When threatened, he retreated into the fort he had created and lashed out at all who threatened his security. He saw the commercial farmers and their workers as mortal enemies and like Stalin and the Kulaks, simply set out to eliminate them. He viewed the cities as citadels of resistance to his survival and as he had no interest in their prosperity and survival, simply adopting policies that destroyed the modern economy – in the process fulfilling his commitment to do so as outlined to me in 1974 at that lunch in Harare.
Having secured power through the “barrel of a gun” Zanu had no real interest in democracy or any of the niceties of a modern social democracy. Their goal was simple and straightforward – hold onto power at all costs because it was the monopoly of power that enabled them to maintain their privileges. The fact that they had secured power through negotiations and then elections, are lost in the translation of history.
Perhaps the most disappointing thing about our present leadership is the loss of any pretence that they believe in the once lofty ideals that they espoused when they were struggling to defeat an entrenched, but isolated white minority. Instead we see them manipulating the economic and political circumstances of the very people they purport to represent. In so doing they undermine the democracy that brought them to power 30 years ago. The poor majority are denied security, ownership of the assets they use and live in and all the basic freedoms that other States take for granted today.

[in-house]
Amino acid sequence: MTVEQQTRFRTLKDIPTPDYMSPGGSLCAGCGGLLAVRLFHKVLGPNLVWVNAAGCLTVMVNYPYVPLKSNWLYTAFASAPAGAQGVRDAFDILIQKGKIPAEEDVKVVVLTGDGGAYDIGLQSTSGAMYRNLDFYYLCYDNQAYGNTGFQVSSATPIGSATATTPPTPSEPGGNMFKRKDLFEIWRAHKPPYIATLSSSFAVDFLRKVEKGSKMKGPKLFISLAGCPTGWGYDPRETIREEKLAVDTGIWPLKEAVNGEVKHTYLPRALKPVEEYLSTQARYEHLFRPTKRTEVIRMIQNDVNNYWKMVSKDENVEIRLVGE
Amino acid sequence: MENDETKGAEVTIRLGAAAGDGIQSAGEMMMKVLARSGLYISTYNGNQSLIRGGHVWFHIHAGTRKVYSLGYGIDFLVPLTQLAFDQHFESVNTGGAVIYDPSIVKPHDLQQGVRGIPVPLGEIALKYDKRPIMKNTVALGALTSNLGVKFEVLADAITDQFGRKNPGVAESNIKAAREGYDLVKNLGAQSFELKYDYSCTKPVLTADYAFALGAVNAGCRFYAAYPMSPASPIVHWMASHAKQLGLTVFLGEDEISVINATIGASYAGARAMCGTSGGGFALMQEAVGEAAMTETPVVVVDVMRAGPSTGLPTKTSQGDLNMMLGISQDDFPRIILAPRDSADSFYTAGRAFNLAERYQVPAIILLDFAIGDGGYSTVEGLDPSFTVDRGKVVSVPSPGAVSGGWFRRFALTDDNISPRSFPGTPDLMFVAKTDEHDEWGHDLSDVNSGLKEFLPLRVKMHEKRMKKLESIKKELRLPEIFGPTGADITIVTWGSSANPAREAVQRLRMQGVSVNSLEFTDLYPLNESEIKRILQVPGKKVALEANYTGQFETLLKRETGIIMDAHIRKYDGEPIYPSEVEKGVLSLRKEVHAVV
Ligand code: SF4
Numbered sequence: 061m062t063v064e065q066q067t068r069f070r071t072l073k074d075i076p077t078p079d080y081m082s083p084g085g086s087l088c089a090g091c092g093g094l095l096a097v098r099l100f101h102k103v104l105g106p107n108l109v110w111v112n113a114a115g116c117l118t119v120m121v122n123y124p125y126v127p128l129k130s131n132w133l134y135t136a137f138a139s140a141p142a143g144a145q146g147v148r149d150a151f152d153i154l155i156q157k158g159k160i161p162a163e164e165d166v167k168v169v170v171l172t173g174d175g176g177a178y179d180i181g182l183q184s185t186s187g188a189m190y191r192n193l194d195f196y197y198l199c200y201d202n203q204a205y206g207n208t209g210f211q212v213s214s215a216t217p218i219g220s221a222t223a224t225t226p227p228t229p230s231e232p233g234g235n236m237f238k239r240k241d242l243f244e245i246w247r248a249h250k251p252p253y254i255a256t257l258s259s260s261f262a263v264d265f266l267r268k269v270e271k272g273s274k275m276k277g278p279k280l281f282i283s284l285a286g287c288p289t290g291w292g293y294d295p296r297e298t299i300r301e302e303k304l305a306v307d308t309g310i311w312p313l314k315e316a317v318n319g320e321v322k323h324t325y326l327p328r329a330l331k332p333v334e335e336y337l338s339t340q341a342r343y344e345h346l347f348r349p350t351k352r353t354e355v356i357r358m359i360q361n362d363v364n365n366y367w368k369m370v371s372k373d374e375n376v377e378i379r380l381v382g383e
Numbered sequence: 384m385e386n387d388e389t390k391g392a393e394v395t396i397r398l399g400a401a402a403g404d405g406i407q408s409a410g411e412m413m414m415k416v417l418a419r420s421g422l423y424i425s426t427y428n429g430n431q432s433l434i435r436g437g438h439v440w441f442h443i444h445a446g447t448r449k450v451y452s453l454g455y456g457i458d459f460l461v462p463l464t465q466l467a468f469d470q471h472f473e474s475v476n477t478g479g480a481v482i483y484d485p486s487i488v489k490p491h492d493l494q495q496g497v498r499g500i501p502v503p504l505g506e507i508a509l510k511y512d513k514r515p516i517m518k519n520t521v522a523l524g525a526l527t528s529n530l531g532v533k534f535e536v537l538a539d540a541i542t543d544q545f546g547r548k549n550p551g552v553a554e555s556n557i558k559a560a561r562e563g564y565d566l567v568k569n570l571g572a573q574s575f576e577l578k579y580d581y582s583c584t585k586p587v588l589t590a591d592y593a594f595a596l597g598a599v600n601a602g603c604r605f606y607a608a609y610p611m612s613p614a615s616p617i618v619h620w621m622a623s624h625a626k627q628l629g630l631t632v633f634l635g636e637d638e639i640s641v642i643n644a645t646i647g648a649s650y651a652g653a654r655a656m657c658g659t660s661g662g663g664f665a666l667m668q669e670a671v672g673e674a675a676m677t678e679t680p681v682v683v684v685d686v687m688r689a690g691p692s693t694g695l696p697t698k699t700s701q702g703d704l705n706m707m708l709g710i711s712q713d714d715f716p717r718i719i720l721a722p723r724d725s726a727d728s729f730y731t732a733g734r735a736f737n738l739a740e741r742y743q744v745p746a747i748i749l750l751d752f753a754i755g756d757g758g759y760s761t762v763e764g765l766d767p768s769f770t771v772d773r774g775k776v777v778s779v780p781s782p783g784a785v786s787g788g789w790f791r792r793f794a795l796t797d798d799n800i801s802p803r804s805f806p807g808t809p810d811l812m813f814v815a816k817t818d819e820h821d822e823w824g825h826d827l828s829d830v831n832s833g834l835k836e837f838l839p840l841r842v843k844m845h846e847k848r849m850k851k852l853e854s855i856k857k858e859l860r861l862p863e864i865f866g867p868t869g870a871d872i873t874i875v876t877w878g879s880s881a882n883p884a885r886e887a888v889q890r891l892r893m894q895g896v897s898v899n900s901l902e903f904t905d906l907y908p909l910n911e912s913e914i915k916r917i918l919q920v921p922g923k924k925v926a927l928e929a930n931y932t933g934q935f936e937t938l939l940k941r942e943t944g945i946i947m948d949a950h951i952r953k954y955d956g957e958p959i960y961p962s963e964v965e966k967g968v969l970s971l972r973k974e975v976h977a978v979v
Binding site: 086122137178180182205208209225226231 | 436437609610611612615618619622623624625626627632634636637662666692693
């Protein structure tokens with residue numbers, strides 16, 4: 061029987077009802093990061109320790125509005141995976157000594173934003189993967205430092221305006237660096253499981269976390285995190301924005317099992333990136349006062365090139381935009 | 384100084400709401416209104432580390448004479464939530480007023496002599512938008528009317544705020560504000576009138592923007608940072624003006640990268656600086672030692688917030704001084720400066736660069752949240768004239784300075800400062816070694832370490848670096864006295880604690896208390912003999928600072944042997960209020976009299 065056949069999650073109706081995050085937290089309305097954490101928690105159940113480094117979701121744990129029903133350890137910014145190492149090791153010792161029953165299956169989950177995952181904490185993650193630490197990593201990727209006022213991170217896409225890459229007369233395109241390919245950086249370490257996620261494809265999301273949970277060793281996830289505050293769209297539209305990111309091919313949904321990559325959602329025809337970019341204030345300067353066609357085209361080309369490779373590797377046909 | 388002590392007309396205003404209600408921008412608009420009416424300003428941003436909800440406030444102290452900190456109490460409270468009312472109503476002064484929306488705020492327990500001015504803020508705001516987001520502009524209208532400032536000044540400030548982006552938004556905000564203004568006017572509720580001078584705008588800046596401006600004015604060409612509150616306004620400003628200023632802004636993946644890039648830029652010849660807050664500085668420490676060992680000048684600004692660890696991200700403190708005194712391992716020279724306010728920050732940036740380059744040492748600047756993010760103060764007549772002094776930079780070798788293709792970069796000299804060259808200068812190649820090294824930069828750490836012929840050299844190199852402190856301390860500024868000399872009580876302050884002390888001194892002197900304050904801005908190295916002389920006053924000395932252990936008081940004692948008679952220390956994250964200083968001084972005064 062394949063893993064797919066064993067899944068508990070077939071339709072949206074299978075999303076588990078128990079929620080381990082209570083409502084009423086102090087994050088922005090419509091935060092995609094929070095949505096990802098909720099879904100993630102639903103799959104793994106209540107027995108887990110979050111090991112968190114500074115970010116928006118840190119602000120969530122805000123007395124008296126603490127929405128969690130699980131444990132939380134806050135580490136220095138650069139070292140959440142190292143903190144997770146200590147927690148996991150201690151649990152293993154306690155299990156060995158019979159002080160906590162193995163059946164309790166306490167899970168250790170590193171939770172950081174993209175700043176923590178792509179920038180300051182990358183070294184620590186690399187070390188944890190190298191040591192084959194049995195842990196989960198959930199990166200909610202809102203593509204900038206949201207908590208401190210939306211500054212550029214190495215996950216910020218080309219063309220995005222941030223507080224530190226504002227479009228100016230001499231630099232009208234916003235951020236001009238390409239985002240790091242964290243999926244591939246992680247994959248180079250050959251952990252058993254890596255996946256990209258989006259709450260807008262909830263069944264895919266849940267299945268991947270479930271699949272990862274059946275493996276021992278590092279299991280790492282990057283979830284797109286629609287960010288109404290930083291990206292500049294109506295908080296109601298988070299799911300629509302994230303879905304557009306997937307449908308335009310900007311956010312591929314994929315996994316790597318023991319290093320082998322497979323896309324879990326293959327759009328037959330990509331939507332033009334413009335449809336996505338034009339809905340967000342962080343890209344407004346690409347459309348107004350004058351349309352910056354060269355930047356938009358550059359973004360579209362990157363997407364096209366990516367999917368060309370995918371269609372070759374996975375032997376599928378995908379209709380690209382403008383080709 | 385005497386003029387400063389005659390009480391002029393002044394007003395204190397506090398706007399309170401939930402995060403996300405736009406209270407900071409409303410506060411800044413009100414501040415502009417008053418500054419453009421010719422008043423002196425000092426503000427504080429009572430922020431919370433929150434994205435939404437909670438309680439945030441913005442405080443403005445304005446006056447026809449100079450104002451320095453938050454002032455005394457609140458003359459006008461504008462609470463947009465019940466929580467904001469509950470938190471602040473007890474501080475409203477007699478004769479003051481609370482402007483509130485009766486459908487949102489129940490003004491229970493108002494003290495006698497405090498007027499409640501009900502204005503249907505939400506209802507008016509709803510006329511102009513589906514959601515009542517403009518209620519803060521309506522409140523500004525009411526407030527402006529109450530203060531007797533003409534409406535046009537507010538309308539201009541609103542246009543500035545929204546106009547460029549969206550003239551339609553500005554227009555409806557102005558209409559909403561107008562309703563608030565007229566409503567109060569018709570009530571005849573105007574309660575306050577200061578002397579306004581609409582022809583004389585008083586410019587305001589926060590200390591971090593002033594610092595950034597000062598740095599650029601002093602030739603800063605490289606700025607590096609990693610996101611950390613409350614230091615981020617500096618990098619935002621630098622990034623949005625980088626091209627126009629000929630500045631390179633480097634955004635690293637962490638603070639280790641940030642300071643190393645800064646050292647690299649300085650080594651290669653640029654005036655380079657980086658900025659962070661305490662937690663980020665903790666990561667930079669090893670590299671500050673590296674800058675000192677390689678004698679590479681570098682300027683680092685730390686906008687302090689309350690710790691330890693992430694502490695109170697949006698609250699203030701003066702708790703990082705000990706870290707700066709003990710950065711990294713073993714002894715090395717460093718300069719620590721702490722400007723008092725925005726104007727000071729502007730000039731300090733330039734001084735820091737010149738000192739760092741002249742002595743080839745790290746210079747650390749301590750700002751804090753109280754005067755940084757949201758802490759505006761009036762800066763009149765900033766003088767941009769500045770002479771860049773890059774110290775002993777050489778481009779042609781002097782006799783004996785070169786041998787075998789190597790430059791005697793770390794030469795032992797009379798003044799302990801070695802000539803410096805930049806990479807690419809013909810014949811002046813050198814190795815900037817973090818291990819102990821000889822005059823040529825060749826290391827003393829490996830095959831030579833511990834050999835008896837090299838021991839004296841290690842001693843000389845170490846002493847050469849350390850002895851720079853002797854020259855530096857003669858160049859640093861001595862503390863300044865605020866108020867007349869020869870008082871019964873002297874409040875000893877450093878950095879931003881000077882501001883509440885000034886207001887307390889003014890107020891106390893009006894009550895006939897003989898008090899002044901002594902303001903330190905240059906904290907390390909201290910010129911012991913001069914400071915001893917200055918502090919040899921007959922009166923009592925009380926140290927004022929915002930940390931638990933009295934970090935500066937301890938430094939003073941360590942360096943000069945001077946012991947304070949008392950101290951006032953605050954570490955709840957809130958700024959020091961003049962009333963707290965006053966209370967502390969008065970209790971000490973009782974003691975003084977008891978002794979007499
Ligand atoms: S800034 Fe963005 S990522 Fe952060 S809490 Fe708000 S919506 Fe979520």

We are in South Africa for the Christmas holidays and are visiting family and friends. We have travelled over much of the country and I am struck by two things that I have seen. The first is the new sprawling areas of low cost “RDP” housing – colourful and neat tiny boxes of houses with tin roofs that accompany all towns and cities. The second is the fact that very little has changed in the former “homelands” that constituted the foundations of the apartheid state.
2,8 million of these small houses have been built since 1994 and they provide accommodation to some 14 million people. But they are clearly not “homes”. They are rented and no self development is evident and the intent is clearly to construct vast areas of low income housing that will make those people dependent on the State and compliant when it comes to an election. From our experience such communities are easily manipulated politically, especially by a ruthless regime.
In the former homelands, the same situation prevails – the people there have no security or independence and cannot control their own destinies. They are very vulnerable to political pressures and violence. It was communities like these that the Khmer strove to recreate as the foundation for a socialist State. It is clear to me that these conditions lay the foundation of mechanisms for political control. The fact that these same conditions perpetuate poverty and marginalisation of the affected communities does not matter. These are the instruments for retaining power and are not casual in character.
2009 has been a very disappointing year in Zimbabwe. So much was promised by the deal signed in September 2008 and implemented in February this year, so little has been achieved. It is clear that even with the intervention of the South Africans and the region as a whole, Zanu remains recalcitrant and is refusing to allow the reforms that are required to put Zimbabwe back on track. They are holding the whole region hostage to their fears of the future. Prospects for 2010 depend totally on changing those factors that are retarding progress. I do not believe that we can go back on this process, the question is can we go forward?